Shocking account of Jean’s murder told by now-dead Dolours Price in new documentary
Former IRA woman Dolours Price is heard describing the abduction, murder and secret burial of Jean McConville in unprecedented detail in a new documentary.
I, Dolours, which premieres this weekend at the Hot Docs festival in Toronto, features a video-recorded interview that journalist Ed Moloney conducted with her.
It includes new revelations about the 1972 murder of Mrs McConville, the Belfast mother-of-10 whom the IRA alleged was an informer.
In previous interviews Price confessed her role in driving Mrs McConville across the border and handing her over to a Dundalk IRA unit.
It was believed those republicans then murdered the Belfast woman, whose body was found in Shelling Hill beach, Co Louth, in 2003.
But Price reveals that while the Dundalk IRA members had dug a grave for Mrs McConville, they refused to shoot her. Price and two other members of a secret Belfast IRA unit, the 'Unknowns', then returned across the border and took Mrs McConville to the grave, where she was shot dead by one of them.
Price also repeats claims Mrs McConville was an informer and details an alleged incident in a west Belfast barracks where she identified IRA members to the security forces from behind a blanket with eye slits in it.
It is alleged that the suspects were in turn able to identify Mrs McConville from her slippers, which weren't hidden by the blanket.
Mrs McConville's children last night dismissed Price's claims that their mother was an informer and said the story about the barracks was "nonsense".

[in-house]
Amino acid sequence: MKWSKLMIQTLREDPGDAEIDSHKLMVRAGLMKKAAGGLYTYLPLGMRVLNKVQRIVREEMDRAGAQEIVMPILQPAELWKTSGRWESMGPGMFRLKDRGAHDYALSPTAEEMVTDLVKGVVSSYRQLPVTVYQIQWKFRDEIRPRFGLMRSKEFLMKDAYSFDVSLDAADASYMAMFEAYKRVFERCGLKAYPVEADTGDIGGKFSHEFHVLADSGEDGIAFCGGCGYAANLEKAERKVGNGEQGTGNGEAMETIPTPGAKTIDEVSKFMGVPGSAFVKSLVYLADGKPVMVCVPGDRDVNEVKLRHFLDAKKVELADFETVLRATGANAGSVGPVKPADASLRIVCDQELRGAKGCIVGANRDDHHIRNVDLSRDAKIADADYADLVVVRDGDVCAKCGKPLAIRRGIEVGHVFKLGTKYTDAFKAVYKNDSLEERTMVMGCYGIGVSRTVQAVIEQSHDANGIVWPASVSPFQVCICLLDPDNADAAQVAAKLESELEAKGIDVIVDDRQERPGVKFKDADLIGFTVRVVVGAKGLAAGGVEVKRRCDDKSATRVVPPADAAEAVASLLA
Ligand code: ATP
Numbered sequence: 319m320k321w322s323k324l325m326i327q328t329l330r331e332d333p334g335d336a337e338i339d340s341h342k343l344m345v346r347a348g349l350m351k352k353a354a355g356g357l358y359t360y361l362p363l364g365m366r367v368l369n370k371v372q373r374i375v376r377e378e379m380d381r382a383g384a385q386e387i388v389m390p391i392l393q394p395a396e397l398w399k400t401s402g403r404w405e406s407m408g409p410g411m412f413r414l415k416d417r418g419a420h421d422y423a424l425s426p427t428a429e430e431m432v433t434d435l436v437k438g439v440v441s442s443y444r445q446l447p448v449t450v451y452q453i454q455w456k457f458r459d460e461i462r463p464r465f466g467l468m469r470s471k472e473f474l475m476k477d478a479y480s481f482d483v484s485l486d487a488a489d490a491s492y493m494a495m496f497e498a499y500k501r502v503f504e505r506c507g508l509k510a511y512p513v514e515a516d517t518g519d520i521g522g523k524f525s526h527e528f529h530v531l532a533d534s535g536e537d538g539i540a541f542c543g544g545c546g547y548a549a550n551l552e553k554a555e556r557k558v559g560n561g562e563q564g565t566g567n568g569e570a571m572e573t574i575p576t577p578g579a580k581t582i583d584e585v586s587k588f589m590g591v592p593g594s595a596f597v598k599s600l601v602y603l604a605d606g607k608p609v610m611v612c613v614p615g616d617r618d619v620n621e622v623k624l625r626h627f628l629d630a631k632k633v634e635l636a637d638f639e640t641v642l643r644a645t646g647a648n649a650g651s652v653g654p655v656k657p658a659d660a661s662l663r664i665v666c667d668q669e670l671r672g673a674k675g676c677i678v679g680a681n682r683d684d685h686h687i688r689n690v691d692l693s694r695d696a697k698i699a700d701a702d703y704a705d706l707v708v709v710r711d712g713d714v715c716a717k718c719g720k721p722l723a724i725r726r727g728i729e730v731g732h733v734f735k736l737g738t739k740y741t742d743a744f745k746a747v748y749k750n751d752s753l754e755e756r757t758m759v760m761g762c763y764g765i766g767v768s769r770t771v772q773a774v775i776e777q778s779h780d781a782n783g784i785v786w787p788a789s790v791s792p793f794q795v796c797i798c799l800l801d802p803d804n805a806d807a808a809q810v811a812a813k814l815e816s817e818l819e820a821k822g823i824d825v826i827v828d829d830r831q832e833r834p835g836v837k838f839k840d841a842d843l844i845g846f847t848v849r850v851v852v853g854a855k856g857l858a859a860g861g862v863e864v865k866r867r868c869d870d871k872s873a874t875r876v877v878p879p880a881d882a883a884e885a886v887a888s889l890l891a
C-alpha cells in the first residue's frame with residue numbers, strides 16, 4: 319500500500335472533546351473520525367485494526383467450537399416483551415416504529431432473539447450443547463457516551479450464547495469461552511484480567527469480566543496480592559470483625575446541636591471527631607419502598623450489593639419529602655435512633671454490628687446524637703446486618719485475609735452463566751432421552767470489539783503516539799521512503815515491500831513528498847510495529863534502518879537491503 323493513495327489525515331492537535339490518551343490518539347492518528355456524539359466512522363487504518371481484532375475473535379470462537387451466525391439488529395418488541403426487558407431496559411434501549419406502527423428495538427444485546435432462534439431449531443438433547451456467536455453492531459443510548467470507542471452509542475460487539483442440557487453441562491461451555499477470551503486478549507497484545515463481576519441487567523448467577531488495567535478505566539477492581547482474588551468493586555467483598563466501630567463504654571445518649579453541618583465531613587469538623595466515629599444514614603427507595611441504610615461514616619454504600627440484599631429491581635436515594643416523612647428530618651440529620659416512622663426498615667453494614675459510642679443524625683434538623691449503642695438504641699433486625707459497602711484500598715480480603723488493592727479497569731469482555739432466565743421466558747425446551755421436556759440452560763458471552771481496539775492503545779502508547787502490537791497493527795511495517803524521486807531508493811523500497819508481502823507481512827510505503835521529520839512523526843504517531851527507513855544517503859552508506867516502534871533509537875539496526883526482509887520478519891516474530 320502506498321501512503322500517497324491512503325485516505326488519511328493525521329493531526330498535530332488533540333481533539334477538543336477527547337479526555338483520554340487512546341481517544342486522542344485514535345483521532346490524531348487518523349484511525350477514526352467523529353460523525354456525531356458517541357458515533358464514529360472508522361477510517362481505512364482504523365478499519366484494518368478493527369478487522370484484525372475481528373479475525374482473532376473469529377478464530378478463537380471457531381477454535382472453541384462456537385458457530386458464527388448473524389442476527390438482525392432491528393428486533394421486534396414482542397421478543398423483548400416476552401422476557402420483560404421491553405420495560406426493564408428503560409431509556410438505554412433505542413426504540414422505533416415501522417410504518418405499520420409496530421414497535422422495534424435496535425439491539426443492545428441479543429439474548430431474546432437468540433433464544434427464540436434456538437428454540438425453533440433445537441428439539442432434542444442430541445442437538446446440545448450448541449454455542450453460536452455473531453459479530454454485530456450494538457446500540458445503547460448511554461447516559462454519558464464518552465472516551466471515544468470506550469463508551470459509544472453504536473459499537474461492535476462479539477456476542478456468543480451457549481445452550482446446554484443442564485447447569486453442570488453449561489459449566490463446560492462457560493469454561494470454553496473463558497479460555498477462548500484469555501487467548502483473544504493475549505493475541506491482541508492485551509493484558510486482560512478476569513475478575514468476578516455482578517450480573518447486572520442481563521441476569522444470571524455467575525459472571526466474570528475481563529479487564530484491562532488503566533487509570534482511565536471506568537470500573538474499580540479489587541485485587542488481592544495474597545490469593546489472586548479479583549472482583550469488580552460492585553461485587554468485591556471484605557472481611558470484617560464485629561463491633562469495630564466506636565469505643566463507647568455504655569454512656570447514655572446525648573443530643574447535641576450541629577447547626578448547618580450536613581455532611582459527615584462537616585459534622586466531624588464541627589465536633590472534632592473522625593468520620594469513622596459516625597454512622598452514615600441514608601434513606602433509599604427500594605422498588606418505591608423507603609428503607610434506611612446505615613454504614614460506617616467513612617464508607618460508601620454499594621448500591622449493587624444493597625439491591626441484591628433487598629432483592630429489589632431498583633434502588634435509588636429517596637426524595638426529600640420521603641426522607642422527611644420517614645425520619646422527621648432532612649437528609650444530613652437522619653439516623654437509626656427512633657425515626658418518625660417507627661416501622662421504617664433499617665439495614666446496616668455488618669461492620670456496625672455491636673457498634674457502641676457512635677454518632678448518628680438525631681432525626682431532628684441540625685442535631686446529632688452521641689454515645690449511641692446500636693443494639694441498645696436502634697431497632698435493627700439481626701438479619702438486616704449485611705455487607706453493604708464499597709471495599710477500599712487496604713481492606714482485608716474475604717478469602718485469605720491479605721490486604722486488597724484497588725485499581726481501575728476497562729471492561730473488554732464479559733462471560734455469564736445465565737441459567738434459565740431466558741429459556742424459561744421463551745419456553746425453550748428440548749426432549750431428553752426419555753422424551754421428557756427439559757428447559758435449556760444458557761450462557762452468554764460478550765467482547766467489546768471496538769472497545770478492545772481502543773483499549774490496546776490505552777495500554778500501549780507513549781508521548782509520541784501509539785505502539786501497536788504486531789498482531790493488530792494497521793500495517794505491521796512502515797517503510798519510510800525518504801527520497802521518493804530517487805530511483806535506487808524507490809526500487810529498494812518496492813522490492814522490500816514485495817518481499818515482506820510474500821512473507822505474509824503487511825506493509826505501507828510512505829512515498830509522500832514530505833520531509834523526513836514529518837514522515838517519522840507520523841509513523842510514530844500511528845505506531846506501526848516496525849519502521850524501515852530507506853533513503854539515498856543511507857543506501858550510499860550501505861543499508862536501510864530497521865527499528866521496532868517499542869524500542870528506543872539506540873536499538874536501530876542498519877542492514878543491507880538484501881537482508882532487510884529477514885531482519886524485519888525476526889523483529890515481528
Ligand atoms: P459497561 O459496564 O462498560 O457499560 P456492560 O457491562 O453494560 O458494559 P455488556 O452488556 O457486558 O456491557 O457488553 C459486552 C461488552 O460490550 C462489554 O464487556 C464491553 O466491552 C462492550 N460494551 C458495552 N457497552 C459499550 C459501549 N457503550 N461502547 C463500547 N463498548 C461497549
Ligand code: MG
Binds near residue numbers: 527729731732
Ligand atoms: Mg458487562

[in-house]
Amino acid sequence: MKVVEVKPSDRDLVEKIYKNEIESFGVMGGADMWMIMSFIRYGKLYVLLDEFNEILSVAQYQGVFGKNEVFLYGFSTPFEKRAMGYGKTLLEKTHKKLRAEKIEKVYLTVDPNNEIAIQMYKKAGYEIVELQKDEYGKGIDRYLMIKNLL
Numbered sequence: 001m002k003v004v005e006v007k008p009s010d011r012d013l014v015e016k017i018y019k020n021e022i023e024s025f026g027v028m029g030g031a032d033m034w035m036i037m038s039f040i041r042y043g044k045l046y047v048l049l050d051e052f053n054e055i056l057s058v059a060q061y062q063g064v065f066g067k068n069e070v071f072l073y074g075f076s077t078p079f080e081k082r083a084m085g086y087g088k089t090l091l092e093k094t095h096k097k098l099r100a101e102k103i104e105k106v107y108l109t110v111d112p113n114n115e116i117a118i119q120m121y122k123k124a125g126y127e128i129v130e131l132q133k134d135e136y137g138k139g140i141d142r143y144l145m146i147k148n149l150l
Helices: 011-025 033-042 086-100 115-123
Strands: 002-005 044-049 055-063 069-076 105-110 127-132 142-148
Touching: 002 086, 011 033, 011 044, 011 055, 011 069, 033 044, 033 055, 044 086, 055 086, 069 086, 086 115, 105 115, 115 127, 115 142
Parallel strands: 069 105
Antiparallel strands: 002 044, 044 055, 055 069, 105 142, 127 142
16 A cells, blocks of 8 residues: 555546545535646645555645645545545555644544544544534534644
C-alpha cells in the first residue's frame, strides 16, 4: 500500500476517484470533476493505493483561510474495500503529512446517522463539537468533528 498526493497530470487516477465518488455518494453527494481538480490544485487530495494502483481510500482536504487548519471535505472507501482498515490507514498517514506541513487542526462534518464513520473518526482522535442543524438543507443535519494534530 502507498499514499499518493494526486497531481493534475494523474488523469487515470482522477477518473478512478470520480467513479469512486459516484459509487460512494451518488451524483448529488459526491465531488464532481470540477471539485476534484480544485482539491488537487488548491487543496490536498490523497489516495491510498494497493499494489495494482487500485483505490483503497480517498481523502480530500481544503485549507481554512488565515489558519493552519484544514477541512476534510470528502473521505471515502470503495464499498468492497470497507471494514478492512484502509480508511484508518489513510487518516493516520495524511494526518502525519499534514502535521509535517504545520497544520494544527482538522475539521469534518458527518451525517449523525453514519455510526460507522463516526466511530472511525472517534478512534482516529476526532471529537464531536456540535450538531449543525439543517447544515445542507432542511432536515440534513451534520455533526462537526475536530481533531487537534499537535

But they said they did accept parts of Price's testimony which were supported by other independent accounts.
Price had previously alleged that Gerry Adams ordered Mrs McConville's murder, a claim the former Sinn Fein president has strongly denied.
Price was found dead at her home in Malahide, Co Dublin, in 2013 from a toxic prescription drugs mix. The 61-year-old was the former wife of actor Stephen Rea, with whom she had two sons.
She was born into a staunchly republican family in Belfast. Along with her sister Marian, she joined the IRA as a teenager. Their father Albert was a prominent 1940s IRA man and their mother Chrissie had been in Cumann na mBan.
Along with Gerry Kelly, now a Sinn Fein MLA, the sisters were part of the IRA unit that bombed the Old Bailey in 1973. They were arrested making at Heathrow Airport.
The sisters were force-fed hundreds of times in Brixton Prison where they had gone on hunger strike as part of their campaign to be repatriated to Armagh Prison.
Before Dolours Price was arrested in London she had been a very active member of the Belfast IRA.
In I, Dolours, her videotaped interview with Moloney in Dublin in 2010 is interspersed by director Maurice Sweeney with historical re-enactments of her IRA career in which Price is played by an actress.
Price told Moloney that the Unknowns were selected on the basis that they "could be trusted with very specific jobs, obeying orders without question".
The unit was run by IRA man Pat McClure, who reported to the Belfast Brigade OC (officer commanding). One of Price's duties was to drive people the IRA believed were informers across the border to be killed.